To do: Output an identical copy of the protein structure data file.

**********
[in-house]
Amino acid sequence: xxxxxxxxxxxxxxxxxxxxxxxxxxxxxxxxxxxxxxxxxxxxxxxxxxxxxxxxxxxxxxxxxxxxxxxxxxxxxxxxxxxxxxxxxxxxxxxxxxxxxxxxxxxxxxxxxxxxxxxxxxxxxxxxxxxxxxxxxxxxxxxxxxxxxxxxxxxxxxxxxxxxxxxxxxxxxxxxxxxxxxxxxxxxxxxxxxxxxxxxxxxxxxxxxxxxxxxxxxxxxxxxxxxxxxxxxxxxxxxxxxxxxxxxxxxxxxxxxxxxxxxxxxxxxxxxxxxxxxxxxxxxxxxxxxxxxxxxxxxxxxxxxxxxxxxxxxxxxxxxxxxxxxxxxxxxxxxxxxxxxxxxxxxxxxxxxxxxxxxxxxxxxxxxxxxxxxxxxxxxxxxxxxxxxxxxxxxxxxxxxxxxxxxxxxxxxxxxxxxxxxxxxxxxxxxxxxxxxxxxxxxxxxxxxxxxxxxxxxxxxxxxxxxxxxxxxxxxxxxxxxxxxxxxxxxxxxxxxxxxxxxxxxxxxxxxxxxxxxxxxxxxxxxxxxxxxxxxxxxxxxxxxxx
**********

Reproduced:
[in-house]
Amino acid sequence: xxxxxxxxxxxxxxxxxxxxxxxxxxxxxxxxxxxxxxxxxxxxxxxxxxxxxxxxxxxxxxxxxxxxxxxxxxxxxxxxxxxxxxxxxxxxxxxxxxxxxxxxxxxxxxxxxxxxxxxxxxxxxxxxxxxxxxxxxxxxxxxxxxxxxxxxxxxxxxxxxxxxxxxxxxxxxxxxxxxxxxxxxxxxxxxxxxxxxxxxxxxxxxxxxxxxxxxxxxxxxxxxxxxxxxxxxxxxxxxxxxxxxxxxxxxxxxxxxxxxxxxxxxxxxxxxxxxxxxxxxxxxxxxxxxxxxxxxxxxxxxxxxxxxxxxxxxxxxxxxxxxxxxxxxxxxxxxxxxxxxxxxxxxxxxxxxxxxxxxxxxxxxxxxxxxxxxxxxxxxxxxxxxxxxxxxxxxxxxxxxxxxxxxxxxxxxxxxxxxxxxxxxxxxxxxxxxxxxxxxxxxxxxxxxxxxxxxxxxxxxxxxxxxxxxxxxxxxxxxxxxxxxxxxxxxxxxxxxxxxxxxxxxxxxxxxxxxxxxxxxxxxxxxxxxxxxxxxxxxxxxxxxxx